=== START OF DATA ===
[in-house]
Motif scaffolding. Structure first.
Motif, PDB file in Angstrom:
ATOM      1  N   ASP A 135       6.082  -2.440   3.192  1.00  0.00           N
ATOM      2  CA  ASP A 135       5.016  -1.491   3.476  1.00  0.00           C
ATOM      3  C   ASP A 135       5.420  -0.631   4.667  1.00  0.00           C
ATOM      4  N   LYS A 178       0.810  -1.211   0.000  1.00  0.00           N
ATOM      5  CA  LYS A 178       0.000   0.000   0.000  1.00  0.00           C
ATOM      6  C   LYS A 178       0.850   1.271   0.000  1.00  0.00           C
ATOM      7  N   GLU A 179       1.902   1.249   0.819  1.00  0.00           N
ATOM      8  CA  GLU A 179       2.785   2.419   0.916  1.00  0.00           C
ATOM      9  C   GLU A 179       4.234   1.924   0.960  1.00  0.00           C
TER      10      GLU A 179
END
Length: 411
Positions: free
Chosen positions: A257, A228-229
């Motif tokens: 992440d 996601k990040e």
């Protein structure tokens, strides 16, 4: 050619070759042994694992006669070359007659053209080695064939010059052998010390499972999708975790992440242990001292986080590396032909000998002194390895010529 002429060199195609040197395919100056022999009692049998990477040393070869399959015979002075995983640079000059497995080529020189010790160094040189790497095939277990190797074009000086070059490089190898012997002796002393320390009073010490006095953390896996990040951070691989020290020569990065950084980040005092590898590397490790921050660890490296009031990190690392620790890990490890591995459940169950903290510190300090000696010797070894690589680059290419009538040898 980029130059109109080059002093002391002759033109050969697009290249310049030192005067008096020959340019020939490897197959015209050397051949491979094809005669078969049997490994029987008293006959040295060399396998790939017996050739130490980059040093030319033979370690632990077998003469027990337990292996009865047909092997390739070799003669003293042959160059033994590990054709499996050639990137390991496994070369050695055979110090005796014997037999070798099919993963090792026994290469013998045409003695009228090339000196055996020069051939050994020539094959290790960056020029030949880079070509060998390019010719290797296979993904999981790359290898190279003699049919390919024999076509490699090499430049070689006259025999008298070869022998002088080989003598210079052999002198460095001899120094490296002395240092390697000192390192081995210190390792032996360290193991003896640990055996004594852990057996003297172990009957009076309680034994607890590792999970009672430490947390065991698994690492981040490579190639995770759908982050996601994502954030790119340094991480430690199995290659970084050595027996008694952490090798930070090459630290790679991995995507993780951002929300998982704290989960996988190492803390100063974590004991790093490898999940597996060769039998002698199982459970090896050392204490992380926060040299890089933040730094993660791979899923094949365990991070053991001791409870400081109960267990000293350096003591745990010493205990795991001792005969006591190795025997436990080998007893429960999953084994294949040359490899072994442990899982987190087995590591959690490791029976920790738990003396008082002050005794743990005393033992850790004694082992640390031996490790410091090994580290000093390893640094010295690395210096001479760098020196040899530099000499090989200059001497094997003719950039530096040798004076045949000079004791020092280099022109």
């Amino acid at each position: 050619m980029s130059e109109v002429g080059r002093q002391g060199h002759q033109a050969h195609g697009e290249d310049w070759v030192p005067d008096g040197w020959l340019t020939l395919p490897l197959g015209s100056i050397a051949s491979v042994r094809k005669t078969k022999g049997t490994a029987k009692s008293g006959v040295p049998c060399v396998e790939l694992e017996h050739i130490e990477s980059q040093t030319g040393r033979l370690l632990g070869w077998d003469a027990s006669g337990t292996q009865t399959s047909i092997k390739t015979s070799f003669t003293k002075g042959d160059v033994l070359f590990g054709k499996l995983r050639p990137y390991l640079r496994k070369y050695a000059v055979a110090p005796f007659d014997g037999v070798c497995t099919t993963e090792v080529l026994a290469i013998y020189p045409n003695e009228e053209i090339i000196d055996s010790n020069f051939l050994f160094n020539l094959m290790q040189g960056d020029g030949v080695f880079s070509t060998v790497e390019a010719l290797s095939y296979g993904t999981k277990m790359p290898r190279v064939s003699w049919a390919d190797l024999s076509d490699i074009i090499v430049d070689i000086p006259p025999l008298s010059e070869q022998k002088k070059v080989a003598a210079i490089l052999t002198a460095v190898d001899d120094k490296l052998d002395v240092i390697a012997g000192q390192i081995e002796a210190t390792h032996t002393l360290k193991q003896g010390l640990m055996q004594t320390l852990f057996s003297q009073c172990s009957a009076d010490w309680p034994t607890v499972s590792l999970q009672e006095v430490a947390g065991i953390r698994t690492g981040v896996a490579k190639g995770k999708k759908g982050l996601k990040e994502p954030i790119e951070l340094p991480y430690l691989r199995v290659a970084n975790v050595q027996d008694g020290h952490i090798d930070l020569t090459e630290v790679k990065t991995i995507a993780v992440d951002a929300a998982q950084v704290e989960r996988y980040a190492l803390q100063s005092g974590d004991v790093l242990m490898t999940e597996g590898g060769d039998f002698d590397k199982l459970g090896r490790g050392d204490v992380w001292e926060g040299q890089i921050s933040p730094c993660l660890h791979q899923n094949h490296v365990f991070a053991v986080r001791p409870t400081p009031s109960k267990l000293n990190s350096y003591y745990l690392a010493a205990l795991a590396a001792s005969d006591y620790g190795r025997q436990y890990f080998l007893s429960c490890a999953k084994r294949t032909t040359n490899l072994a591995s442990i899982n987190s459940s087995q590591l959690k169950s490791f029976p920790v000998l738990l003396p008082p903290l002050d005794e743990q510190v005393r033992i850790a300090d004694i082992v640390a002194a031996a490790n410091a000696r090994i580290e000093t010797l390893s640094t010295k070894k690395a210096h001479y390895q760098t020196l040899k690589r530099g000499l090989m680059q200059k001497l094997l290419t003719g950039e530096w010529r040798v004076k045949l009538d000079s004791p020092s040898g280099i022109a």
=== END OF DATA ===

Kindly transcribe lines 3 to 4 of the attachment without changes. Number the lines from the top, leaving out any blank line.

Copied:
Motif, PDB file in Angstrom:
ATOM      1  N   ASP A 135       6.082  -2.440   3.192  1.00  0.00           N